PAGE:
A Progress Report On The “New” Fangoria
Love it or hate it, Fangoria is one of the most enduring publications in the horror medium. I say this as one who grew up with the magazine and revered it for many years. Recently, however, I’ve come to view Fangoria as one might a delinquent teenager--a teen you desperately hope will cease his troublemaking ways and return to the upstanding individual he once was, even though you can’t help but conclude that his course is set…and that course is not a happy one!
For me the beginning of the end for Fangoria came in February of 2010. At that time there occurred a corporate shakeup, the precise cause and details of which have never been made public, that resulted in Fango abruptly dumping its Sirius radio program and severing its ties with the popular Weekend of Horrors conventions (although that may actually have occurred earlier), as well as the abrupt replacement of longtime editor Tony Timpone.
The significance of that last factor cannot be overstated. Timpone edited Fangoria since 1987, and was largely responsible for elevating it from the dimly regarded “sister publication” of Starlog to the iconic brand name it became. Horror fans tend to speak wistfully of Fangoria’s days under the watch of its original editor Bob Martin, and while it’s true that Martin’s Fangoria had a funkier, more individual vibe than Timpone’s, it suffered from a lack of thematic focus: was it a horror, fantasy or horror-fantasy themed mag? Under Timpone there was no such confusion, even if his touch was more impersonal and corporate-oriented.
That’s all over with now, in any event, with Fangoria currently charting an even more impersonal course. This change has been in the works since 2008, when Creative Group, Fangoria’s parent company, was sold to the Brooklyn Company. The magazine’s drift toward insanely high cover prices and a reliance on glossy design over good writing were certainly evident before 2008, but it was after the ownership change that things really went south.
It was in ‘08 that I began hearing complaints about non-payment from Fango contributors, which only intensified over the following two years. The anger reached a fever pitch by the time of the 2010 shake-up, as evinced by a February ‘10 tweet from writer Alan Jones: “I’ve had just about enough of Fangoria, not paying their bills, not being honest with their writers, got to do something…” Jones followed that tweet two days later with another stating “So it looks like its over for Fangoria.” (For the record, I've been assured that since then "Almost all of" Fango's debts have been paid off.)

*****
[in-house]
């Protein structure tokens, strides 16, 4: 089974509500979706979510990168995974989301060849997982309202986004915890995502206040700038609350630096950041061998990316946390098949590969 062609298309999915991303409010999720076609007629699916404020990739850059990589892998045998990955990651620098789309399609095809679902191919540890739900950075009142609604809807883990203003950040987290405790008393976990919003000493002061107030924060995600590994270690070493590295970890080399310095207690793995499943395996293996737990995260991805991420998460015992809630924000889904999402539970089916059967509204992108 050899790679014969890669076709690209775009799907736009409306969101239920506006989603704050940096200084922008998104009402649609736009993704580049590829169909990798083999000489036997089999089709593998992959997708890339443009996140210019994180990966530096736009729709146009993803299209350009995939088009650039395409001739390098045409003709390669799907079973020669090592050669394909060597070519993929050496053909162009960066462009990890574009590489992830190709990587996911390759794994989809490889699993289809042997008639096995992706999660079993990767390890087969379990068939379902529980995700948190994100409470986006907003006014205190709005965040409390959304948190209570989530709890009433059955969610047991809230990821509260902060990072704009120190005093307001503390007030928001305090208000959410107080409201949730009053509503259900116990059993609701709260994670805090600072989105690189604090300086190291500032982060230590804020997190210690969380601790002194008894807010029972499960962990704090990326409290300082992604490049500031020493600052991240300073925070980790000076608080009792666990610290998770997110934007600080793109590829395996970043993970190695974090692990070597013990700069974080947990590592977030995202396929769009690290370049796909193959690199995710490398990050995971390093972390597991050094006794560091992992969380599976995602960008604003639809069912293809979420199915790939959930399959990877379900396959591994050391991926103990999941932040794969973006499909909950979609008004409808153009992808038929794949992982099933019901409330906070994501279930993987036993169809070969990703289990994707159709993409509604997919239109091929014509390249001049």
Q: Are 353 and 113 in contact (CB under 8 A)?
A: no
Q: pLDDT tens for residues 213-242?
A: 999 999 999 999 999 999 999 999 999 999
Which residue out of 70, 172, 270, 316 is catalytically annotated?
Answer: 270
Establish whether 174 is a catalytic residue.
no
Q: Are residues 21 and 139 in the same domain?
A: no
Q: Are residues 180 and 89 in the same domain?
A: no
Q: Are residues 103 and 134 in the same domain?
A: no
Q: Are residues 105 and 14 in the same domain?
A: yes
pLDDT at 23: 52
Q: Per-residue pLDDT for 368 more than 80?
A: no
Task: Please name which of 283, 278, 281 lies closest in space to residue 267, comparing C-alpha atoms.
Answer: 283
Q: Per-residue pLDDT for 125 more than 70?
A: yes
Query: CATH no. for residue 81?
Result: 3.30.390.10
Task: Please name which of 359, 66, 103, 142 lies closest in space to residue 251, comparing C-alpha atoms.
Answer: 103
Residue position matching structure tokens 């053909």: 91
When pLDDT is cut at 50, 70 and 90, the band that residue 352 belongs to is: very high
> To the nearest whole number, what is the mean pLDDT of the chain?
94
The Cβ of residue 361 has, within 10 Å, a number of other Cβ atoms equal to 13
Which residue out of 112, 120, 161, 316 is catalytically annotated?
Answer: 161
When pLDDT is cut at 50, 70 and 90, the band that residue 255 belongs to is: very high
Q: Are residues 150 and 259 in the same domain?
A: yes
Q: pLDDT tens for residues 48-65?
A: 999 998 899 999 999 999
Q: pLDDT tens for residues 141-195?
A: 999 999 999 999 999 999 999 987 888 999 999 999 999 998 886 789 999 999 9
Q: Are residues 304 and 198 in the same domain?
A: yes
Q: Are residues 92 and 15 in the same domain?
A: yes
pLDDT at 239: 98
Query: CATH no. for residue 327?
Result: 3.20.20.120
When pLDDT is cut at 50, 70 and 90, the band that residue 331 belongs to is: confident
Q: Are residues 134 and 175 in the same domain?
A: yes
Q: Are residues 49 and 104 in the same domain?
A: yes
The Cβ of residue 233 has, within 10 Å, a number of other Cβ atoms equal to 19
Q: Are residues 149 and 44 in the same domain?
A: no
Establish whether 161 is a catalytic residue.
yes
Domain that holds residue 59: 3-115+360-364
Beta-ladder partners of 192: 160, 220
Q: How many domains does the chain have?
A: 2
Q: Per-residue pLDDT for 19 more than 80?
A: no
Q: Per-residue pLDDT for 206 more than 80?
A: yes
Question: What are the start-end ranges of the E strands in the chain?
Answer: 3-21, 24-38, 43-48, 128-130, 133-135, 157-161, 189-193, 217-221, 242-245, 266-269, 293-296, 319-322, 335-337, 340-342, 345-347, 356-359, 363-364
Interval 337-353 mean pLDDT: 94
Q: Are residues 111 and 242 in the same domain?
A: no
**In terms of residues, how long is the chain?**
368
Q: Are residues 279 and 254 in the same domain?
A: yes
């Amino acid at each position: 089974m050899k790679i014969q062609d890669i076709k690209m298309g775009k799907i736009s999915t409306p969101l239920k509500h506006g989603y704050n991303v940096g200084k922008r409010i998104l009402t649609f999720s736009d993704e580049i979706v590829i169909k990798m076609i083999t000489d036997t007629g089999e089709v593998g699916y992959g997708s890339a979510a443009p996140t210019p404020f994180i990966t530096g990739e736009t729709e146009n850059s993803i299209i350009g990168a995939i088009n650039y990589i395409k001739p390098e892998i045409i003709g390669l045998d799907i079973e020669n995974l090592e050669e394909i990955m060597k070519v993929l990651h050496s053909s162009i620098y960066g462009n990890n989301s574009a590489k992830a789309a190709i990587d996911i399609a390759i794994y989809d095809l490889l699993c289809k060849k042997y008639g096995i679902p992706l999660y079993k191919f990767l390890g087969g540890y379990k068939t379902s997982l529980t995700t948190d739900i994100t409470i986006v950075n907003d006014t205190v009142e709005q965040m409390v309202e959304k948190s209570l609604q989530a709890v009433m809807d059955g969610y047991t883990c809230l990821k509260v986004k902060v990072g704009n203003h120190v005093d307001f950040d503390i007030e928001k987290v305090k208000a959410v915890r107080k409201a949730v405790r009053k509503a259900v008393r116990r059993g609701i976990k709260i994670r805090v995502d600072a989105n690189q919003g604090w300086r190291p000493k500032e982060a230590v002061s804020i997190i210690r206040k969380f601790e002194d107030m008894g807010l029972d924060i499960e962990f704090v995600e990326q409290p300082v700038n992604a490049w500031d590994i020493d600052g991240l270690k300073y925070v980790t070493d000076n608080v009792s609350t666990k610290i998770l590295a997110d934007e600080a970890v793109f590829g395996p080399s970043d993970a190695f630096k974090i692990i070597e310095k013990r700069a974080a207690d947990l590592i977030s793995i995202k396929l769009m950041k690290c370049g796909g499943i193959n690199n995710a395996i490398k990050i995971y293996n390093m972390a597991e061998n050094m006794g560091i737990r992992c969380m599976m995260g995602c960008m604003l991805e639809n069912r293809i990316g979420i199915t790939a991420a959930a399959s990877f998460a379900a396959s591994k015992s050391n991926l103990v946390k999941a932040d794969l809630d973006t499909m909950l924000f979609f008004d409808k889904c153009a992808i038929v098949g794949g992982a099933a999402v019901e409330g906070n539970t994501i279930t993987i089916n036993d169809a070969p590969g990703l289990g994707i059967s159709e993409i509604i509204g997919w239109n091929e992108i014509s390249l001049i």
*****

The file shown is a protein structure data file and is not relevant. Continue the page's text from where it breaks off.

I was inclined to agree with that latter statement, especially in light of the inflated cover price and the Fango website's constant format changes. Yet somehow Fangoria has hung on for a year and a half following the February ‘10 shake-up, a lot longer than I thought it could.
How is it doing? Surprisingly, my feelings on Fango’s latest issue (#306) are mixed--surprising because I was counting on being entirely under whelmed. The writing could be a bit stronger overall, and the whole thing looks very Rue Morgue-ish (and no surprise, as the new editor Chris Alexander was a regular Rue Morgue contributor). Yet there are some worthy features, namely a good interview with Spanish filmmaker Augusti Villaronga about his 1987 masterpiece IN A GLASS CAGE (conducted by Funeral Party's Shade Rupe), as well as solid articles on ATTACK THE BLOCK and DON’T BE AFRAID OF THE DARK.
The Fangoria website has even calmed down somewhat, at least since the constant format changes that have plagued the site in recent years. I didn’t say the site was perfect, mind you: it’s overly chaotic in its organization, clogged up with ads and has at least one section (the Fangoria Forums) that’s still “undergoing maintenance.” There’s also a mighty telling query asking readers if they’d pay to see an ad-free site.
Charging for the Fango website? That seems a pretty ballsy--and greedy--move in light of the mag’s current $10 cover fee. Clearly the once-mighty Fangoria is definitely down, even if it isn’t quite out.